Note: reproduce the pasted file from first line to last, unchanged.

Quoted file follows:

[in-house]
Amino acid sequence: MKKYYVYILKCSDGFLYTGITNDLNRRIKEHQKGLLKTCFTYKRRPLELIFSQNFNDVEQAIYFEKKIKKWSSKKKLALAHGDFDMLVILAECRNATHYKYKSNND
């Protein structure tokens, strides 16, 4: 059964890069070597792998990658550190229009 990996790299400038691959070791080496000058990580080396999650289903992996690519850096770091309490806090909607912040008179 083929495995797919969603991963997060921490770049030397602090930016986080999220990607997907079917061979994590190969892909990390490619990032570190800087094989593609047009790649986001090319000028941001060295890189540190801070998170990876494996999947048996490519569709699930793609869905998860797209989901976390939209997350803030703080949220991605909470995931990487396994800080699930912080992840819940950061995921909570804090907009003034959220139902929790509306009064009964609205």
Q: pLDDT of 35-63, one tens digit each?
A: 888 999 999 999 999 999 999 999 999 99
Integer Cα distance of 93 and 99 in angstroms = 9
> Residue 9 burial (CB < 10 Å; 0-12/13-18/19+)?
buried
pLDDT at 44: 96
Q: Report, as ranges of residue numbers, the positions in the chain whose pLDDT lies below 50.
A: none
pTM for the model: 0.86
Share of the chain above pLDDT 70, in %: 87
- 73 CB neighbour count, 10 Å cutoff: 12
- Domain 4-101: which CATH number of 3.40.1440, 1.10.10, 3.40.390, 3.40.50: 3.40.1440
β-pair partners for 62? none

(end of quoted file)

[in-house]
Amino acid sequence: MKKYYVYILKCSDGFLYTGITNDLNRRIKEHQKGLLKTCFTYKRRPLELIFSQNFNDVEQAIYFEKKIKKWSSKKKLALAHGDFDMLVILAECRNATHYKYKSNND
């Protein structure tokens, strides 16, 4: 059964890069070597792998990658550190229009 990996790299400038691959070791080496000058990580080396999650289903992996690519850096770091309490806090909607912040008179 083929495995797919969603991963997060921490770049030397602090930016986080999220990607997907079917061979994590190969892909990390490619990032570190800087094989593609047009790649986001090319000028941001060295890189540190801070998170990876494996999947048996490519569709699930793609869905998860797209989901976390939209997350803030703080949220991605909470995931990487396994800080699930912080992840819940950061995921909570804090907009003034959220139902929790509306009064009964609205």
Q: pLDDT of 35-63, one tens digit each?
A: 888 999 999 999 999 999 999 999 999 99
Integer Cα distance of 93 and 99 in angstroms = 9
> Residue 9 burial (CB < 10 Å; 0-12/13-18/19+)?
buried
pLDDT at 44: 96
Q: Report, as ranges of residue numbers, the positions in the chain whose pLDDT lies below 50.
A: none
pTM for the model: 0.86
Share of the chain above pLDDT 70, in %: 87
- 73 CB neighbour count, 10 Å cutoff: 12
- Domain 4-101: which CATH number of 3.40.1440, 1.10.10, 3.40.390, 3.40.50: 3.40.1440
β-pair partners for 62? none